Baum, now immobile due to his illness, was restricted to minor tasks throughout the day. The pressure and strain contributed to attacks of angina pectoris, as well as unpredictable gall bladder problems, and excruciating sharp pain jabs across his face.

In a coma for twenty-four hours, L. Frank Baum died at Ozcot at 7 p.m. on May 6, 1919, supposedly uttering his last words, “Now we can cross the Shifting Sands,” just a minute before expiring. Baum was survived by his wife Maud and four sons, Frank, Robert, Harry and Kenneth.

Baum’s funeral services were held at the Little Church of the Flowers at Glendale’s Forest Lawn Cemetery. Rev. E. P. Ryland, a close friend of the author, officiated and said of Baum: “He was a man who knew the heart of a child, and was a friend of men.”

The grave of L. Frank and Maude Baum and members of his family.

A quartet from the Los Angeles Athletic Club’s, Uplifters’, of which Baum was an organizer, sang several selections including, “Eternity,” with Harold Proctor as a soloist. The authors’ oldest son, Captain Frank J. Baum was in France at the time serving in World War I.

Two of Baum’s works, “The Magic of Oz” (1919) and “Glinda of Oz” (1920) were both published posthumously.

Maud Gage Baum continued to live at Ozcot and died there on March 6, 1953. After breaking her hip, she had been confined to bed the greater part of the last four years of her life. She was 91.

Ozcot was razed in the late 1950s and a non-descript apartment building replaced it. It’s doubtful that the current residents are aware of the literary history that occurred on this site.

Ozcot as it appeared in Baum’s life time.

 

The site of Ozcot as it is today.

NOTE: On August 15, 1939, The Wizard of Oz, starring Judy Garland, premiered at Grauman’s Chinese Theater – only 3 blocks from Ozcot.

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‘Wizard of Oz’ at 70

Friday, August 28th, 2009

FILM HISTORY

“Wizard of Oz,’ still magical after 70 years

 

Oz travelers

 

It was 70 years ago this week that “The Wizard of Oz” arrived in theaters and even in this CGI-jaded era those old red ruby slippers still shine brightly.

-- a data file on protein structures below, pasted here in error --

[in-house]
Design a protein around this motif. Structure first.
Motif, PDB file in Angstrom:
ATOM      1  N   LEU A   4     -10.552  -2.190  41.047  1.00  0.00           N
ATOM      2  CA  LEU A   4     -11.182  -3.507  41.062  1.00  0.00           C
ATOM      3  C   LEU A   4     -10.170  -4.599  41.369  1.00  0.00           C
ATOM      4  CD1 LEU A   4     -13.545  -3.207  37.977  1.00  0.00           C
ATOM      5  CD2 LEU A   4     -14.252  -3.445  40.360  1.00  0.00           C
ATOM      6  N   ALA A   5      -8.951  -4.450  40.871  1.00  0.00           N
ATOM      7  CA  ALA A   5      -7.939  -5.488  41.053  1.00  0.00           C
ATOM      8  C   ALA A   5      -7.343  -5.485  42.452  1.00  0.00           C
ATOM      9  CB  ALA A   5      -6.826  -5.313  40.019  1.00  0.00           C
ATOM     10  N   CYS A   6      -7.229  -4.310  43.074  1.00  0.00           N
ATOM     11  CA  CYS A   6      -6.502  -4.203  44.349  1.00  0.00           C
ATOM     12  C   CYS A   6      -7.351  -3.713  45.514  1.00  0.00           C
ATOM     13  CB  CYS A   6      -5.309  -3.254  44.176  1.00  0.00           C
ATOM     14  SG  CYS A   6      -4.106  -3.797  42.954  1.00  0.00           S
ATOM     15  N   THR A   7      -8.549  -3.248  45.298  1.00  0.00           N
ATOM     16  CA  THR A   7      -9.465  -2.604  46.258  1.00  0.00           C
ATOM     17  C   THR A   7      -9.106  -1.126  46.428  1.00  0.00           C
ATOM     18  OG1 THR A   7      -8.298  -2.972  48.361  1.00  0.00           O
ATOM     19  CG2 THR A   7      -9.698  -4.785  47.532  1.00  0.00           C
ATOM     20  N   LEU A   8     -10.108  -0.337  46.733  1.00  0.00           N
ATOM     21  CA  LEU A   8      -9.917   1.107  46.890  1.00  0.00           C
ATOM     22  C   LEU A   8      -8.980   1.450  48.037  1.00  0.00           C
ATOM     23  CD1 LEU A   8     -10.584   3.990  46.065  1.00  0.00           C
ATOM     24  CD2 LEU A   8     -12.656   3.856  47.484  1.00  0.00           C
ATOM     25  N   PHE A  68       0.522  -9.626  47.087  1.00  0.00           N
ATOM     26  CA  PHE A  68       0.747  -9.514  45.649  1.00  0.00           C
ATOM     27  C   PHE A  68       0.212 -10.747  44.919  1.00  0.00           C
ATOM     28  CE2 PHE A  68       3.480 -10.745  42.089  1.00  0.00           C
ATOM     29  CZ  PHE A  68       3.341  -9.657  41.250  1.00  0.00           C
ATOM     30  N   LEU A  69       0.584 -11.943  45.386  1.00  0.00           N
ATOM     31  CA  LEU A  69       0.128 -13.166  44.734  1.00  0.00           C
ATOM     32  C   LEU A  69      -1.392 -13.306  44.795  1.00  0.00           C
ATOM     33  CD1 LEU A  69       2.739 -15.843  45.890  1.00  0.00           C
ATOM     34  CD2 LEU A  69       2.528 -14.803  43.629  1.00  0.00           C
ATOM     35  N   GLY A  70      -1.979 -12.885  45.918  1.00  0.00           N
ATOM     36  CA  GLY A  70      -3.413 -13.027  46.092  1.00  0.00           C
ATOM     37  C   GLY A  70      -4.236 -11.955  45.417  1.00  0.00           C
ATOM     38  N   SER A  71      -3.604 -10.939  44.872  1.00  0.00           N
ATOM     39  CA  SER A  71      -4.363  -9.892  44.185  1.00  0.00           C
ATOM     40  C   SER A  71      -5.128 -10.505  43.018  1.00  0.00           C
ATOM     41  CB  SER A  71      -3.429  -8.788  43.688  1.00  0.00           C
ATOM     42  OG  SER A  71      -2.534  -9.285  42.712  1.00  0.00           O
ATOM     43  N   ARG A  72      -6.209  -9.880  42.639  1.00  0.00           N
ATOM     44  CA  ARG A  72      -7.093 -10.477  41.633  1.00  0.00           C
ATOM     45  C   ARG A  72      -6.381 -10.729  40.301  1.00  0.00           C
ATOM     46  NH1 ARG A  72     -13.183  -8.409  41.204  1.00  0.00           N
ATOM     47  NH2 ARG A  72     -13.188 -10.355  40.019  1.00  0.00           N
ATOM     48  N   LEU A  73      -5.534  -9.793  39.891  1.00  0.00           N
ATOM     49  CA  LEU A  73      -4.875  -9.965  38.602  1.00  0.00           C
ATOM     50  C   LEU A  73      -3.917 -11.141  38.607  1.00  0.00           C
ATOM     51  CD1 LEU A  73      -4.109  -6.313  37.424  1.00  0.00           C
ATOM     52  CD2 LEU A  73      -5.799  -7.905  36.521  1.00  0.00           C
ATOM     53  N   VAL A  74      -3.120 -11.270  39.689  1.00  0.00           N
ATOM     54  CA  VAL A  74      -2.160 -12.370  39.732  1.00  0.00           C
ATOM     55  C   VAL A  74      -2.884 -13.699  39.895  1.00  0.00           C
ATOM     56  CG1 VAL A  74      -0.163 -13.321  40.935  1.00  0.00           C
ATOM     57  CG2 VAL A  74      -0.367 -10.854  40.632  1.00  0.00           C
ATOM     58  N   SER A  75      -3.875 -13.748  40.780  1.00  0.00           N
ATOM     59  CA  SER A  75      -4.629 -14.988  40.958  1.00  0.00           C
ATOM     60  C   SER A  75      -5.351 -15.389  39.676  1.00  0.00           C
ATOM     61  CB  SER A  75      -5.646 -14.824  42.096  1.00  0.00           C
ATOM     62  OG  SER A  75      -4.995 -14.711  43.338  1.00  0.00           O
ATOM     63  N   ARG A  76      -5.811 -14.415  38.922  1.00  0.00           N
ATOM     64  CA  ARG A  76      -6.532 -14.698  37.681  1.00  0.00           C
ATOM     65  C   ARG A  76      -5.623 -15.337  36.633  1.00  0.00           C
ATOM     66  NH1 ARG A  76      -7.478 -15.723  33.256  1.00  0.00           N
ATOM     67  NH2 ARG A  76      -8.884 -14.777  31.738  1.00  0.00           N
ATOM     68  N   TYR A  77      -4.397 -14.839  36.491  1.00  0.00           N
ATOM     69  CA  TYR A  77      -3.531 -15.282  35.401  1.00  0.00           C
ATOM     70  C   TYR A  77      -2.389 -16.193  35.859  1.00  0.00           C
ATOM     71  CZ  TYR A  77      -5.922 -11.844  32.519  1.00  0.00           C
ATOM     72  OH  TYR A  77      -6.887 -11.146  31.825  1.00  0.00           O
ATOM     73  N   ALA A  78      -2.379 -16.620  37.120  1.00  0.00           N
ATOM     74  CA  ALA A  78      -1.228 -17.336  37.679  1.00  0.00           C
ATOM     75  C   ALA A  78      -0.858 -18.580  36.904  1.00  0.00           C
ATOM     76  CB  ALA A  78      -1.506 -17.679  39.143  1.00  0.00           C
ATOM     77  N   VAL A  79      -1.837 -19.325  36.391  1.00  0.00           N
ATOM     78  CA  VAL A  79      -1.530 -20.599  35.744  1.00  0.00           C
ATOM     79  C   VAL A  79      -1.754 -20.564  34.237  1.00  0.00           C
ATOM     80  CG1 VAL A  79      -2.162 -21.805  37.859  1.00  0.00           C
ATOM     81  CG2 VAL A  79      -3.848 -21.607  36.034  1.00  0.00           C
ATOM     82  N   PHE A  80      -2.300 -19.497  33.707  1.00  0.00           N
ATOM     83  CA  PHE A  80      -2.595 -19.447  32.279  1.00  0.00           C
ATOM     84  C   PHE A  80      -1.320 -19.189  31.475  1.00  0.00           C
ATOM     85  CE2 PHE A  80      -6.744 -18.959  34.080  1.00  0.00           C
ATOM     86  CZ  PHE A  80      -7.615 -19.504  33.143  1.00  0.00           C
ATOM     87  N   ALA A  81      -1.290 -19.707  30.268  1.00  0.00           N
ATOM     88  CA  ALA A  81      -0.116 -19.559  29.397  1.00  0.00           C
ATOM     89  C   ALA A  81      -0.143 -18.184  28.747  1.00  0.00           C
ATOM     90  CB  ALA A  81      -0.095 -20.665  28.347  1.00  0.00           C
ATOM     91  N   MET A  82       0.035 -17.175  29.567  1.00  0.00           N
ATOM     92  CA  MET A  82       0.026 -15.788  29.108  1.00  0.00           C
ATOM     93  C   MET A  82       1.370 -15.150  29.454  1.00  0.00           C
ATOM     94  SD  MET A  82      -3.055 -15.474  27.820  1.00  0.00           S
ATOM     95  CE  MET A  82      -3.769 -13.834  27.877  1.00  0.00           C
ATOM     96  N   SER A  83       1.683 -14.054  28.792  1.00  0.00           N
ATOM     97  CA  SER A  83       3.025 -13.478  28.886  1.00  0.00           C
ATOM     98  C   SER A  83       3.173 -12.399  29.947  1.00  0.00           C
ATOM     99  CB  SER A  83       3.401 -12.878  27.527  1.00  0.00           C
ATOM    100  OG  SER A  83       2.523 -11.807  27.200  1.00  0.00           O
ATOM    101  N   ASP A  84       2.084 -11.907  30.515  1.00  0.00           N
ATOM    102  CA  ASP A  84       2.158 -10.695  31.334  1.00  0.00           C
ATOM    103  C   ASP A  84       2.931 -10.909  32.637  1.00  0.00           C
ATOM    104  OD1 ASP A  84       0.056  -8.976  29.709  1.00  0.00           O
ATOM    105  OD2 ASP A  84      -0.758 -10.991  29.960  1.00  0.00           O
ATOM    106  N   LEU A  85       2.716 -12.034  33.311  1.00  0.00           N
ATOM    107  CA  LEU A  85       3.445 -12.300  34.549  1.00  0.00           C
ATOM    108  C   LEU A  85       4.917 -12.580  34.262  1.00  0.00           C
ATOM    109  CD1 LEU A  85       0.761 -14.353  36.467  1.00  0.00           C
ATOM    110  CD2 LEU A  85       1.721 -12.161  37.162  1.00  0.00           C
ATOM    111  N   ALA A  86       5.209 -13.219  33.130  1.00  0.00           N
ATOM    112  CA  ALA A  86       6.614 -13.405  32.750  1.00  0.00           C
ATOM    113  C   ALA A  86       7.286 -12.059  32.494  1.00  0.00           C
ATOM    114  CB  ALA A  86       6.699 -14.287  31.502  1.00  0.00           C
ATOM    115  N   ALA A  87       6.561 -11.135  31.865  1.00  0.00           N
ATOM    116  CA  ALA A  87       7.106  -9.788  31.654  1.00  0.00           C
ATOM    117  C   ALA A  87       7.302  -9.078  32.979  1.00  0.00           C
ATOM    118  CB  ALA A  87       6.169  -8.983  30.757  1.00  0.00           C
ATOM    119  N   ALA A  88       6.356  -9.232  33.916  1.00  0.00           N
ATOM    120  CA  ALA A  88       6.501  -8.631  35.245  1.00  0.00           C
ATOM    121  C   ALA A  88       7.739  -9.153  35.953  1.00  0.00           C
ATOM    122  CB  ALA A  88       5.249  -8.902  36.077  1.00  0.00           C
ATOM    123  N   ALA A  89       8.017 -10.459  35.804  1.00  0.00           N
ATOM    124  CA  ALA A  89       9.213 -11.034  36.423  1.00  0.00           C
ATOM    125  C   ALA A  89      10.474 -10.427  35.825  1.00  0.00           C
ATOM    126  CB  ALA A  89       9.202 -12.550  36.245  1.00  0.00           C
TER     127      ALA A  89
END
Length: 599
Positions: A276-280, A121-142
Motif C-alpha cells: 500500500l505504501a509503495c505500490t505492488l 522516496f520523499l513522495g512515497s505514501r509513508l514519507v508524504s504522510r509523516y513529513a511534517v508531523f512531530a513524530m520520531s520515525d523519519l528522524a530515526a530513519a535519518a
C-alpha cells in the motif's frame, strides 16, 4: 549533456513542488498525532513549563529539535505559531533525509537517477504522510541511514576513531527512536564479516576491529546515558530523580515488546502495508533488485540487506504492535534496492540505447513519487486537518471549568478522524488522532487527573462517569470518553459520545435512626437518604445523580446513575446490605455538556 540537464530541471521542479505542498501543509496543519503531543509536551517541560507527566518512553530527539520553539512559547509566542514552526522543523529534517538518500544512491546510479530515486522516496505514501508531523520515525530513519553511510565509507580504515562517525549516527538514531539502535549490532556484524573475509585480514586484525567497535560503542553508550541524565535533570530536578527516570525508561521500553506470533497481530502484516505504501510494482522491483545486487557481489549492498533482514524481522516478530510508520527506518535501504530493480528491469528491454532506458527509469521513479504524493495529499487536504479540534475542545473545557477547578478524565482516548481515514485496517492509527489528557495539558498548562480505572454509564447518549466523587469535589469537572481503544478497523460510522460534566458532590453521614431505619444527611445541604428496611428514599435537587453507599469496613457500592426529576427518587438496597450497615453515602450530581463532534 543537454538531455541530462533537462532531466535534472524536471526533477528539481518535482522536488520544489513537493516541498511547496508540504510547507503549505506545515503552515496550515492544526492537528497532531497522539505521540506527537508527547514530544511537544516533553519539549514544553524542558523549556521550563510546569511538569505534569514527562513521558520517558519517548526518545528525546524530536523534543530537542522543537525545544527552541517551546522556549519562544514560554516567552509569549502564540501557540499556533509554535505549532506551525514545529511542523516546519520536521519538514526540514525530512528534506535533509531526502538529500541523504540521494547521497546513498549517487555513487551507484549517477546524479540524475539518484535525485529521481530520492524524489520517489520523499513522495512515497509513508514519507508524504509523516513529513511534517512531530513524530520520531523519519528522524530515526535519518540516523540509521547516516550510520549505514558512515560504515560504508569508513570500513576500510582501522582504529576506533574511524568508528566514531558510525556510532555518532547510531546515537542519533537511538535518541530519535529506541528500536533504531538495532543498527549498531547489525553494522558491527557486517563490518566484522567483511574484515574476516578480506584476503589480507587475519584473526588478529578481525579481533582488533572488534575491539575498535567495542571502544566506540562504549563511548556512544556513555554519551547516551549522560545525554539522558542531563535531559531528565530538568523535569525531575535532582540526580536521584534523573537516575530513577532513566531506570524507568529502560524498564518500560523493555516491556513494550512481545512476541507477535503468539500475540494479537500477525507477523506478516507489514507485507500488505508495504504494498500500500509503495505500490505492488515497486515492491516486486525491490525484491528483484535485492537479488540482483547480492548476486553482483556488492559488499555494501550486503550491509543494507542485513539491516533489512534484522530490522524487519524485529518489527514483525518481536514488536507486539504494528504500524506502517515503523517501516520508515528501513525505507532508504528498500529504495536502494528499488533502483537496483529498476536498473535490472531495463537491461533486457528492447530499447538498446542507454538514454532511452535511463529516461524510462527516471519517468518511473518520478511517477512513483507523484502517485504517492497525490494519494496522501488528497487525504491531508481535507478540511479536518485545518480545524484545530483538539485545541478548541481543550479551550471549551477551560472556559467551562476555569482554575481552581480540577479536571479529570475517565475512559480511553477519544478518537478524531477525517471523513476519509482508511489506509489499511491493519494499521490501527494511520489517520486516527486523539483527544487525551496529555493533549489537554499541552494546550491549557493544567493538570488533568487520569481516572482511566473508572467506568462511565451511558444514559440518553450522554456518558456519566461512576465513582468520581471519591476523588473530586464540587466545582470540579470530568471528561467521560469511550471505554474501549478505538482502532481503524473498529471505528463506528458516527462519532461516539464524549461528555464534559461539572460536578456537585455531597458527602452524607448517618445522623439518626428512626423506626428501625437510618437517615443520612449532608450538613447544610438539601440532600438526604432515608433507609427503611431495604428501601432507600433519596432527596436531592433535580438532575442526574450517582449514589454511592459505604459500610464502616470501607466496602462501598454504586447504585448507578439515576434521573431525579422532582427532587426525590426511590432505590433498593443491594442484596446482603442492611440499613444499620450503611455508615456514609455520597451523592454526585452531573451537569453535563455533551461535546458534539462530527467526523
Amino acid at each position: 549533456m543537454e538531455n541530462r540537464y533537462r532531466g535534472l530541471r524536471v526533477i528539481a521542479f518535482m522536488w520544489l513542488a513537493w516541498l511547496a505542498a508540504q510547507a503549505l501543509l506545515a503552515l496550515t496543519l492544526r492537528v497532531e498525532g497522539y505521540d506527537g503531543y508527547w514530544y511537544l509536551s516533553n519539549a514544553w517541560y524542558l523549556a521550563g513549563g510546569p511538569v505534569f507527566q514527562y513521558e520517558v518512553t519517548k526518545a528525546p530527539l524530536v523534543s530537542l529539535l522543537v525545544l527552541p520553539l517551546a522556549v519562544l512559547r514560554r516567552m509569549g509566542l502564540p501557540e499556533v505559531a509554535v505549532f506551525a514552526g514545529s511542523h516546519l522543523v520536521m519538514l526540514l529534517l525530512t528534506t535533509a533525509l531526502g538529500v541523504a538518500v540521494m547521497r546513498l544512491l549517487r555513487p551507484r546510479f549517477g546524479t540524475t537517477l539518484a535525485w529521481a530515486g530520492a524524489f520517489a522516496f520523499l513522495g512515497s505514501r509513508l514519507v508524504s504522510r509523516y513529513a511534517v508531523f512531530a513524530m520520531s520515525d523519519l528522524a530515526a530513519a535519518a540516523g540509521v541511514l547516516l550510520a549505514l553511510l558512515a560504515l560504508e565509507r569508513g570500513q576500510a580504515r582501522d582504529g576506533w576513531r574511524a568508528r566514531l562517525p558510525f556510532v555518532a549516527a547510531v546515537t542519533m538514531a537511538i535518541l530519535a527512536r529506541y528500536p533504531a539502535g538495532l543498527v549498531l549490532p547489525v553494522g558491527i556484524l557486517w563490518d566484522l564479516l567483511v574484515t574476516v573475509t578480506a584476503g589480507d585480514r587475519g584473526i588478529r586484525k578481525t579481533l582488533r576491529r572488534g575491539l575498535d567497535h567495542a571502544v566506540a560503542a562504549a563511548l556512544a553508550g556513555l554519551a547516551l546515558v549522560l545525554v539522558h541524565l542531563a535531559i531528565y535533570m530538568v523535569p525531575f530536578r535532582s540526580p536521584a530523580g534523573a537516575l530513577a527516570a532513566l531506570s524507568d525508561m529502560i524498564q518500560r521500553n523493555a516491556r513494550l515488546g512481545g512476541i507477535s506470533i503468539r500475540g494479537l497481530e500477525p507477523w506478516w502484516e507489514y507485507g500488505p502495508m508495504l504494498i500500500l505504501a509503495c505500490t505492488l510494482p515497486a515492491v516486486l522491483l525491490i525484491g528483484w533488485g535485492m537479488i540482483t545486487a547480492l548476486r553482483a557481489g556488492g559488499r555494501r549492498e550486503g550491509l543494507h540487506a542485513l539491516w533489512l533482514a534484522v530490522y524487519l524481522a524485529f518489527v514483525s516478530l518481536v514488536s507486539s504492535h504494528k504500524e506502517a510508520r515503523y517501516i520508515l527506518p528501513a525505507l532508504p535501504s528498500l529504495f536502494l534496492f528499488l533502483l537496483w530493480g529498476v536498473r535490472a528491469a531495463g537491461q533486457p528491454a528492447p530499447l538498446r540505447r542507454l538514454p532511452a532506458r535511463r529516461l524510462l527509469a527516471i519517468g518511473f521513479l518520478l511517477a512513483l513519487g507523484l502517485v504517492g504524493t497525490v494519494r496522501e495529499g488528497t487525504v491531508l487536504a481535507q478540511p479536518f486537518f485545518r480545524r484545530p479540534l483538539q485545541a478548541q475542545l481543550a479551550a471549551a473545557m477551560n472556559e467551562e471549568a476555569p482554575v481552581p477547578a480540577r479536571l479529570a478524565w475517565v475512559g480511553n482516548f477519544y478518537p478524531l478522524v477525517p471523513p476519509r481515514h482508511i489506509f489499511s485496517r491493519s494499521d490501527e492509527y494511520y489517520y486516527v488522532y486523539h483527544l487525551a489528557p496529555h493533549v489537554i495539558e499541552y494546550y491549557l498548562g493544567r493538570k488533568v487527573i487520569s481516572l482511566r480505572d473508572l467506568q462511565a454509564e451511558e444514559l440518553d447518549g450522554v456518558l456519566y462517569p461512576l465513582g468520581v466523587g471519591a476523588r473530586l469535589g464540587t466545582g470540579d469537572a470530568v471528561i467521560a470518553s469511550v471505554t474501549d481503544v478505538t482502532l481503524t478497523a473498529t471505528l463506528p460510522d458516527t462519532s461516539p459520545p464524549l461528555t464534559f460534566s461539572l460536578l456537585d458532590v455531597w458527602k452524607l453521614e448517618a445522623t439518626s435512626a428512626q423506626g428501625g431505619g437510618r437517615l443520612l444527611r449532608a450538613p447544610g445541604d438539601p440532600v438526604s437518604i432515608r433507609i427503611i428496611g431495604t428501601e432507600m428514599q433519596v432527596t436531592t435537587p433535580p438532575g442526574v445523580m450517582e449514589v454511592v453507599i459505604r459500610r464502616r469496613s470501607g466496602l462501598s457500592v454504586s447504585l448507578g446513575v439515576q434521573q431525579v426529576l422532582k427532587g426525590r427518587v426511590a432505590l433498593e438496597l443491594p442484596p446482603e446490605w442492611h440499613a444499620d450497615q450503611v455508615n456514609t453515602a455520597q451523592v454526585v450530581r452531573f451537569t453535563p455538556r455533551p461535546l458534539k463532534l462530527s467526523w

Geoff Boucher
Los Angeles Times
August 28, 2009 

 

The anniversary will be celebrated over the next year with numerous events, including a national tour by a seven-story Oz-themed hot-air balloon, a Sept. 23 one-night theatrical re-release of a newly restored version of the film in 450 theaters and the release next month of an “ultimate collector’s edition” package on Blu-ray and DVD with that remastered version and 16 hours of bonus material.

 

That may sound like a lot of attention for an artifact from the FDR administration, but there’s a timeless quality to the cinematic adaptation of  L. Frank Baum’s 1900 children’s novel that still transports new generations over the rainbow. The movie remains an essential reference point — this December in James Cameron’s much-ballyhooed sci-fi epic “Avatar,” for instance, when the main character arrives on a dazzling jungle planet, moviegoers will hear a familiar line : “You’re not in Kansas anymore.” Cameron chuckled when asked about the line. “Yeah, it’s my favorite movie; I had to get it in there somewhere,” he said. Cameron is not alone in his ongoing romance with “Oz.” To mark the anniversary, The Times interviewed creators in film, television, music and books who have never wearied of the cinematic trip down the yellow brick road.

 

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Mickey Carroll – Obit

Thursday, May 7th, 2009

OBITUARY

‘Wizard of Oz’ Munchkin Town Crier dies at 89

 

 Image: Mickey Carroll

 

Mickey Carroll was 20 when he acted in famed film, earned $125 a week

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The Associated Press
May 7, 2009
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ST. LOUIS – One of the last surviving Munchkins from the 1939 classic film “The Wizard of Oz” has died.

 

St. Louis actor Mickey Carroll died Thursday at the age of 89.

 

His caretaker, Linda Dodge, made the announcement Thursday.

 

Carroll was born Michael Finocchiaro in July 1919 in St. Louis, the son of Italian immigrants.

 

He was one of more than 100 adults and children who were recruited for “Oz” to play the natives of what author L. Frank Baum called Munchkin Country in his 1900 book “The Wonderful Wizard of Oz.”

 

Carroll told The Associated Press in a 2007 interview that the Munchkins made only $125 a week while filming, followed by decades of recognition.

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Obit: Clarence Swensen

Thursday, February 26th, 2009

OBITUARY

‘Oz’ Munchkin soldier Clarence Swensen dead at 91

 

Clarence Swensen

  

BY PHILIP POTEMPA
ppotempa@nwitimes.com
Thursday, February 26, 2009

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Clarence Swensen, who played a Munchkin soldier in the 1939 MGM film classic “The Wizard of Oz” and annually attended the Porter County Wizard of Oz Festival, died Wednesday evening at his home near Austin, Texas. He was 91.    (Click on ‘Continue Reading’ for more)